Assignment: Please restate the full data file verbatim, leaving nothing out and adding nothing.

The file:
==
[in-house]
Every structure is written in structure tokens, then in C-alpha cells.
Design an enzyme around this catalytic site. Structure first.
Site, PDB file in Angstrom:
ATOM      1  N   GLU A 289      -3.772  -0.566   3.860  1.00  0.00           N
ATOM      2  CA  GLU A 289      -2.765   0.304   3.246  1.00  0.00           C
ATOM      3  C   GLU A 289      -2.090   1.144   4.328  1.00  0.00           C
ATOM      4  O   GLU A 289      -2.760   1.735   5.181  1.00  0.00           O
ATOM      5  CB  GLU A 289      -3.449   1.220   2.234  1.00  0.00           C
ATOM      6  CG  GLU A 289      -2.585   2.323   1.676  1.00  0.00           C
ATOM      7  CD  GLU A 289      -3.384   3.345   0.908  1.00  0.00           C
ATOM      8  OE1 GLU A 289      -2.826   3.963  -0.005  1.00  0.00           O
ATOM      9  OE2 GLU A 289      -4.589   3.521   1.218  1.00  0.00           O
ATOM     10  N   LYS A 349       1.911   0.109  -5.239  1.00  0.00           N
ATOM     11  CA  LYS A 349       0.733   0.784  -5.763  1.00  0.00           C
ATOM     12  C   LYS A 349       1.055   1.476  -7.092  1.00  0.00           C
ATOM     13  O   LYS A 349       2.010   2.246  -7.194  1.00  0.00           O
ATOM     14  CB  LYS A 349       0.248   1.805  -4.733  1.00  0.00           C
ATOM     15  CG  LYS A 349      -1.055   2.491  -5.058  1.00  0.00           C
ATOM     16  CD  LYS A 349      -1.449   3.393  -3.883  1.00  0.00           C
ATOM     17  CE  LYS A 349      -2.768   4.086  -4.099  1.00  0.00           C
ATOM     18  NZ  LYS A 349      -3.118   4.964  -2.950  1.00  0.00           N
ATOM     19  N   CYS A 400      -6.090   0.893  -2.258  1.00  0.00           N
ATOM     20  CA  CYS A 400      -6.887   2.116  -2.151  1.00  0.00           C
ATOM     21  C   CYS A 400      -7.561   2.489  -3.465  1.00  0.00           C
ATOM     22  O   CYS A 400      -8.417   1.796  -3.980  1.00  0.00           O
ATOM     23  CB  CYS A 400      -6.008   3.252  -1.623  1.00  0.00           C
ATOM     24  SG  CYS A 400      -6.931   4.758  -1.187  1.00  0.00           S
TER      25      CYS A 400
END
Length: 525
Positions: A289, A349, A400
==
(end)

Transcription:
[in-house]
Every structure is written in structure tokens, then in C-alpha cells.
Design an enzyme around this catalytic site. Structure first.
Site, PDB file in Angstrom:
ATOM      1  N   GLU A 289      -3.772  -0.566   3.860  1.00  0.00           N
ATOM      2  CA  GLU A 289      -2.765   0.304   3.246  1.00  0.00           C
ATOM      3  C   GLU A 289      -2.090   1.144   4.328  1.00  0.00           C
ATOM      4  O   GLU A 289      -2.760   1.735   5.181  1.00  0.00           O
ATOM      5  CB  GLU A 289      -3.449   1.220   2.234  1.00  0.00           C
ATOM      6  CG  GLU A 289      -2.585   2.323   1.676  1.00  0.00           C
ATOM      7  CD  GLU A 289      -3.384   3.345   0.908  1.00  0.00           C
ATOM      8  OE1 GLU A 289      -2.826   3.963  -0.005  1.00  0.00           O
ATOM      9  OE2 GLU A 289      -4.589   3.521   1.218  1.00  0.00           O
ATOM     10  N   LYS A 349       1.911   0.109  -5.239  1.00  0.00           N
ATOM     11  CA  LYS A 349       0.733   0.784  -5.763  1.00  0.00           C
ATOM     12  C   LYS A 349       1.055   1.476  -7.092  1.00  0.00           C
ATOM     13  O   LYS A 349       2.010   2.246  -7.194  1.00  0.00           O
ATOM     14  CB  LYS A 349       0.248   1.805  -4.733  1.00  0.00           C
ATOM     15  CG  LYS A 349      -1.055   2.491  -5.058  1.00  0.00           C
ATOM     16  CD  LYS A 349      -1.449   3.393  -3.883  1.00  0.00           C
ATOM     17  CE  LYS A 349      -2.768   4.086  -4.099  1.00  0.00           C
ATOM     18  NZ  LYS A 349      -3.118   4.964  -2.950  1.00  0.00           N
ATOM     19  N   CYS A 400      -6.090   0.893  -2.258  1.00  0.00           N
ATOM     20  CA  CYS A 400      -6.887   2.116  -2.151  1.00  0.00           C
ATOM     21  C   CYS A 400      -7.561   2.489  -3.465  1.00  0.00           C
ATOM     22  O   CYS A 400      -8.417   1.796  -3.980  1.00  0.00           O
ATOM     23  CB  CYS A 400      -6.008   3.252  -1.623  1.00  0.00           C
ATOM     24  SG  CYS A 400      -6.931   4.758  -1.187  1.00  0.00           S
TER      25      CYS A 400
END
Length: 525
Positions: A289, A349, A400